Updated: Nov 25
In this blog post, I will highlight the various shortcomings of the education system and some promising, evidence-based education innovations that multiple countries have implemented. It should go without saying that the COVID-19 pandemic has wreaked severe havoc on every facet of society. We were all unprepared to deal with the reverberating fallout of it. The former Trump administration is an example of high official leaders who were downright unprepared and consistently demonstrated a lack of rational thought and planning in keeping the pandemic under control.
Although children have been spared mainly from contracting COVID-19 overall, they were the ones who have unfairly dealt with the brunt of it. When COVID-19 was first publicly declared a global health emergency in March 2020, schools worldwide were shut down for weeks to curb its rapid spread. Subsequently, many countries have quickly pivoted to online learning and other asynchronous learning methods, such as take-home learning materials.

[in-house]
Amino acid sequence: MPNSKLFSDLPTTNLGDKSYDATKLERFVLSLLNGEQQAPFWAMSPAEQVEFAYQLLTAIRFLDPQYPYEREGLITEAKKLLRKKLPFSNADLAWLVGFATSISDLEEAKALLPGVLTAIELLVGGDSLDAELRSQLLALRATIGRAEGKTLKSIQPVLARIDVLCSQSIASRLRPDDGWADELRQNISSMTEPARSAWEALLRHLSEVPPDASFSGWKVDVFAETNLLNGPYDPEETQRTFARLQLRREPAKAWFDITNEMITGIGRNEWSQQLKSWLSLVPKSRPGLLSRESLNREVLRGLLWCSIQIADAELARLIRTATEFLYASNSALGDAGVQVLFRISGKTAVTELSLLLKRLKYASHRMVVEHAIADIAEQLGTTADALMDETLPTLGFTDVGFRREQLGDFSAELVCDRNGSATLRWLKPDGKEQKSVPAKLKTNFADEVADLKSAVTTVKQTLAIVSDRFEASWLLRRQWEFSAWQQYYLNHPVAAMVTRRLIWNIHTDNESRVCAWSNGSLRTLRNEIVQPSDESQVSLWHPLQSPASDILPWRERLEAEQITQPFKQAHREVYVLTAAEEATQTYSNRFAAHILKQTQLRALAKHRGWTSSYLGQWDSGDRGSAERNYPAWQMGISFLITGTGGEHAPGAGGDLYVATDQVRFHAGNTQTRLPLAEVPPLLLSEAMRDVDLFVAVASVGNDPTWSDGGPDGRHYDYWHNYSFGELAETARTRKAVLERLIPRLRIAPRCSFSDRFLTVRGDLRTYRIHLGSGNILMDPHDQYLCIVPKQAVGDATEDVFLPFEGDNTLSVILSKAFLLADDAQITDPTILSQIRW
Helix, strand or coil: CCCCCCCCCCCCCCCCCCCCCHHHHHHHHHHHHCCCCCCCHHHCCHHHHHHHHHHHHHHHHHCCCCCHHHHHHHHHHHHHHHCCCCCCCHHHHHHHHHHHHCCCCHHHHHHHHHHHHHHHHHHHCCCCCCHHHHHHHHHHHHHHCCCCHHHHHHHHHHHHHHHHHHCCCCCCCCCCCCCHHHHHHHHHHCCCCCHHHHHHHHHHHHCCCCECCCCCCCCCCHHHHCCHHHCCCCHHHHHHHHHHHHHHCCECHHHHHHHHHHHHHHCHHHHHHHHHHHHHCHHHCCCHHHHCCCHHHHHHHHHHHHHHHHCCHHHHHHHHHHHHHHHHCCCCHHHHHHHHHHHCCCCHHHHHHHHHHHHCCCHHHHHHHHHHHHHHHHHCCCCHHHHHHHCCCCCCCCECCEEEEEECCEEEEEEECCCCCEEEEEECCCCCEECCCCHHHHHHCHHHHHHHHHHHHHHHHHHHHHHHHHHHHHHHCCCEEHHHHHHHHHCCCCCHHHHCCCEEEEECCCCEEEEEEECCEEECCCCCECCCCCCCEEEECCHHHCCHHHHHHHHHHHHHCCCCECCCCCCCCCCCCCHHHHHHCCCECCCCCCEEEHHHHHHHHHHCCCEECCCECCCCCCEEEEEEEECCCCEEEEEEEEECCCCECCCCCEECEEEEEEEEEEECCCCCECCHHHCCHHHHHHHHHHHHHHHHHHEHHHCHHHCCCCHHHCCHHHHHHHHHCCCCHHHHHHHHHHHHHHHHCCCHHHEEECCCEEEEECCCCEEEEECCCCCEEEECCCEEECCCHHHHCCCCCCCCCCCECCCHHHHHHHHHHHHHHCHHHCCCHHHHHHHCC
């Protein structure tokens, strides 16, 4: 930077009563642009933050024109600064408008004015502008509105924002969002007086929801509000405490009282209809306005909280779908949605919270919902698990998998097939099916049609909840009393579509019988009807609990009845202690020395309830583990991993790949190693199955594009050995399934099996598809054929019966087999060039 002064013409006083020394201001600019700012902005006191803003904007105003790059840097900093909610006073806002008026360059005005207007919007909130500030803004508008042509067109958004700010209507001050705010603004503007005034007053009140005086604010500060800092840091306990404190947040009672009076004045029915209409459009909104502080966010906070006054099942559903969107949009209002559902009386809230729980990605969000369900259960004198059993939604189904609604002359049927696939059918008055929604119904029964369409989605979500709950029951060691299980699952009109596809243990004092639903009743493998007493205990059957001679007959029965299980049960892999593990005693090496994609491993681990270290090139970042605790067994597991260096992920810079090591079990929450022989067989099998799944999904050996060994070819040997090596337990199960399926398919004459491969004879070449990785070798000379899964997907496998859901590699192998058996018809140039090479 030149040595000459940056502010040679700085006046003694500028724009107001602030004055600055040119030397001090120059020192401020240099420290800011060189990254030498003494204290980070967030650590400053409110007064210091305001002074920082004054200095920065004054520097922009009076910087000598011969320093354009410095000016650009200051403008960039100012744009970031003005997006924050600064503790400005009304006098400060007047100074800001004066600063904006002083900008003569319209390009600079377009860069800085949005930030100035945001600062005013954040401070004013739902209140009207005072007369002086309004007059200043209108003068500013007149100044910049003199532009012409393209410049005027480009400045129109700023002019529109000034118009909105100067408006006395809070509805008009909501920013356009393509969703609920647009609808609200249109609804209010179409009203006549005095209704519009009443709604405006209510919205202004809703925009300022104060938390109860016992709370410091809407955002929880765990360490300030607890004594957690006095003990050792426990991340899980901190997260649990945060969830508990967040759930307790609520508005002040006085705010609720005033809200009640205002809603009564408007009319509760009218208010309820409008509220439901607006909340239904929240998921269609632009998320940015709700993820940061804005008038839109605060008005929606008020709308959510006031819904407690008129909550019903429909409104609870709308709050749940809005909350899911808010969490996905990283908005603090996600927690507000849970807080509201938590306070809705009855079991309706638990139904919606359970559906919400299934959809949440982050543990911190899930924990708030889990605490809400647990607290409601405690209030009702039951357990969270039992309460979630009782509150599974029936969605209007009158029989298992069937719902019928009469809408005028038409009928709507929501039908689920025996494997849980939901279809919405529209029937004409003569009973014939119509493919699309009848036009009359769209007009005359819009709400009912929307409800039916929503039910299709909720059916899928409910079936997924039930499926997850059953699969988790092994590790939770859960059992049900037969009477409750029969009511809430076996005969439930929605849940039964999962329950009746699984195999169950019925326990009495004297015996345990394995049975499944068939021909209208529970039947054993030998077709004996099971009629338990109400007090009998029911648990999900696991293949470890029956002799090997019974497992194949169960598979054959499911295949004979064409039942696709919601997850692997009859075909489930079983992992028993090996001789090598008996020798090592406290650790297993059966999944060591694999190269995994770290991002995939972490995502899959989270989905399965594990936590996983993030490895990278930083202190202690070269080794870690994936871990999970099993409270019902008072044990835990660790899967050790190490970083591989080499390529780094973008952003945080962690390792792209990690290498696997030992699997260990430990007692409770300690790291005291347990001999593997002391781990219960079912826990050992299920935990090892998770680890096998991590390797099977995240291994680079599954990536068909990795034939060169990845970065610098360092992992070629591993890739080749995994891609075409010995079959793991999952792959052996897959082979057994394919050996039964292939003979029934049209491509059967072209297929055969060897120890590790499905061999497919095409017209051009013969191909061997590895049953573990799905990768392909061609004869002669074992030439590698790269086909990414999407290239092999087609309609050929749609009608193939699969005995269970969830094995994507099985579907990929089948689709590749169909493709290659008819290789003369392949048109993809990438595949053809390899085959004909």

To frame the education crisis in a better context, I'd like to present some grim statistics on the issue. According to UNICEF, 1.6 billion children from 188 countries were severely impacted by being out of school. On average, children were out of school for about 141 days. While this is a relatively large amount, the disparity of school closures can be further disaggregated by region. For example, South Asia had the most prolonged school closures; the total number of days that schools were locked there was 273. The youth of Latin American and Caribbean regions were out of school for about 225 days. Last but not least, the Middle Eastern and North African region's children were out of school for about 183 days on average.